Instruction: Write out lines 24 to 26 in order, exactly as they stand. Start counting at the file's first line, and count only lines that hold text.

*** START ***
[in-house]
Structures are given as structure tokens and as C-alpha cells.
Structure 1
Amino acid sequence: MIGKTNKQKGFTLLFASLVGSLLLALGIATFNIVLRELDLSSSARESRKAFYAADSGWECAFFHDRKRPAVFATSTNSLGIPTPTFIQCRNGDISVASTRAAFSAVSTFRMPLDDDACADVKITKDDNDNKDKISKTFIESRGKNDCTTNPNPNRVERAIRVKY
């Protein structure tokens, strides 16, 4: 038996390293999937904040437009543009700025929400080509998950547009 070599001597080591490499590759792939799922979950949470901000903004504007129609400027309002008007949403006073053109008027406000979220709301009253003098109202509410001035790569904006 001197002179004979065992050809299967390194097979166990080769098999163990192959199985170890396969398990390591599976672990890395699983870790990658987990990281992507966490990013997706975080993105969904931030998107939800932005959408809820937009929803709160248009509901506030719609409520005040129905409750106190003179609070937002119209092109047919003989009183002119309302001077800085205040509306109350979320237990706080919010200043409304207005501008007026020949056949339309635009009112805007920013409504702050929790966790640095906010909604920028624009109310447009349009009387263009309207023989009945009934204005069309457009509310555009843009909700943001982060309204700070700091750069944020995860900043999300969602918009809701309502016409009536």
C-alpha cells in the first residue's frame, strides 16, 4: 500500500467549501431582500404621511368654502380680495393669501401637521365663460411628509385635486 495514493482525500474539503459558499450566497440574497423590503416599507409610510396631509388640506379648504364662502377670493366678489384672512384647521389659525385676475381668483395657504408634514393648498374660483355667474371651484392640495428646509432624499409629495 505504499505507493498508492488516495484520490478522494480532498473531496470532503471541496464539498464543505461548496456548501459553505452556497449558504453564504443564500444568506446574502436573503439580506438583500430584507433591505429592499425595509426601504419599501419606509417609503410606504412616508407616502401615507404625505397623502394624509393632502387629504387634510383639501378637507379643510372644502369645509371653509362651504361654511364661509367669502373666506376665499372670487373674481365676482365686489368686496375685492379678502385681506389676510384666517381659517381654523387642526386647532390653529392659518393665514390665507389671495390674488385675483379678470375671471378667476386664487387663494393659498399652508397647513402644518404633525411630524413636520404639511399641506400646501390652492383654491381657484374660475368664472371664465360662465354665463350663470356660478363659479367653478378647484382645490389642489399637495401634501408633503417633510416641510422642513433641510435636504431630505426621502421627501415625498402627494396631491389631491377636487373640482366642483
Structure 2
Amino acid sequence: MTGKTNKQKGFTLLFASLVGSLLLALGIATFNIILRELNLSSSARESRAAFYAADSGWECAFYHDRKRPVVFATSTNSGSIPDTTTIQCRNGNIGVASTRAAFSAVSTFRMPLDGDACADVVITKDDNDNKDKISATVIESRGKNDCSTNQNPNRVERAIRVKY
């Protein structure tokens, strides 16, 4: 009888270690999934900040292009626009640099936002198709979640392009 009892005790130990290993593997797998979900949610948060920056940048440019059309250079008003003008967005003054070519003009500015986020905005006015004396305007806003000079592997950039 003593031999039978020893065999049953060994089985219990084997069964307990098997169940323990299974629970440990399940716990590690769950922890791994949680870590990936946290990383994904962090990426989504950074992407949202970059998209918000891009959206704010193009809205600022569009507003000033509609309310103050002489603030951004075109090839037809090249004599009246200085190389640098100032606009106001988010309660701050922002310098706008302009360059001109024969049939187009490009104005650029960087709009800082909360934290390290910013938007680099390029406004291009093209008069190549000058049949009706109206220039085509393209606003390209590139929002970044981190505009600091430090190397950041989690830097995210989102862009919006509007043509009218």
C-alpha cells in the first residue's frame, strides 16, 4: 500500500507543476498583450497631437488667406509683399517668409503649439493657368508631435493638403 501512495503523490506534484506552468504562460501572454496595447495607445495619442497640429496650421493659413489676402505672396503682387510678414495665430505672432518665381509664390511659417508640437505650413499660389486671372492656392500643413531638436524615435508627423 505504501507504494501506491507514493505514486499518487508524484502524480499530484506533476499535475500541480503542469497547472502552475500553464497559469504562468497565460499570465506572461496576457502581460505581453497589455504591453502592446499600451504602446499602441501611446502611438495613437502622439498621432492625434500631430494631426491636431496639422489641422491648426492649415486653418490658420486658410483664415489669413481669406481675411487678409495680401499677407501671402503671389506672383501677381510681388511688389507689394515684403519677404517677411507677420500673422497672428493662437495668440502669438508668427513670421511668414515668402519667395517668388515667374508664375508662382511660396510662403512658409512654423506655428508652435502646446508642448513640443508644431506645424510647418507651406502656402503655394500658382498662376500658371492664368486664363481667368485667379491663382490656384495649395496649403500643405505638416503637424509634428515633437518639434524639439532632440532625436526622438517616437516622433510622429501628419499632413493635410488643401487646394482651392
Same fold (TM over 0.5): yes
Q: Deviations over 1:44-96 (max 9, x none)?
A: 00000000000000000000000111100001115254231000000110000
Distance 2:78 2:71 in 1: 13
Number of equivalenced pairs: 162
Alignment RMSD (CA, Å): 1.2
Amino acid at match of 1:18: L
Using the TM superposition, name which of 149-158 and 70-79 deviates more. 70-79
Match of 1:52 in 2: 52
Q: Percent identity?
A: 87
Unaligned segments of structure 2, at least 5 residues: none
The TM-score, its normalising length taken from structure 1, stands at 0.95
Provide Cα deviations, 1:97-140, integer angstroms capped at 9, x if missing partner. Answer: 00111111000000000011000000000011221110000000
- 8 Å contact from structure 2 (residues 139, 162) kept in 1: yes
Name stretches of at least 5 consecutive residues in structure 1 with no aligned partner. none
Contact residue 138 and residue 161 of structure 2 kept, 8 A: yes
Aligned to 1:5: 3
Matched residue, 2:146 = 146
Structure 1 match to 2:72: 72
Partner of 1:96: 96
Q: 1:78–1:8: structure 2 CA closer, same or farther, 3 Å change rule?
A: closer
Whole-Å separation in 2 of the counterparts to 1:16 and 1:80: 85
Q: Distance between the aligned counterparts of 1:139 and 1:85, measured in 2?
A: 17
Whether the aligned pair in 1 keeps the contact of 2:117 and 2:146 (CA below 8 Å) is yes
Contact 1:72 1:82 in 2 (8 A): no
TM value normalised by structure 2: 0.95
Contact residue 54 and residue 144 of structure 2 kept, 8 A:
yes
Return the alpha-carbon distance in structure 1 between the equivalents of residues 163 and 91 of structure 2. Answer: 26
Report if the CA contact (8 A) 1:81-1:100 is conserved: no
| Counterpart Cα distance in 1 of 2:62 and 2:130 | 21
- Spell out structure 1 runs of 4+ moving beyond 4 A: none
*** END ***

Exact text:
Provide Cα deviations, 1:97-140, integer angstroms capped at 9, x if missing partner. Answer: 00111111000000000011000000000011221110000000
- 8 Å contact from structure 2 (residues 139, 162) kept in 1: yes
Name stretches of at least 5 consecutive residues in structure 1 with no aligned partner. none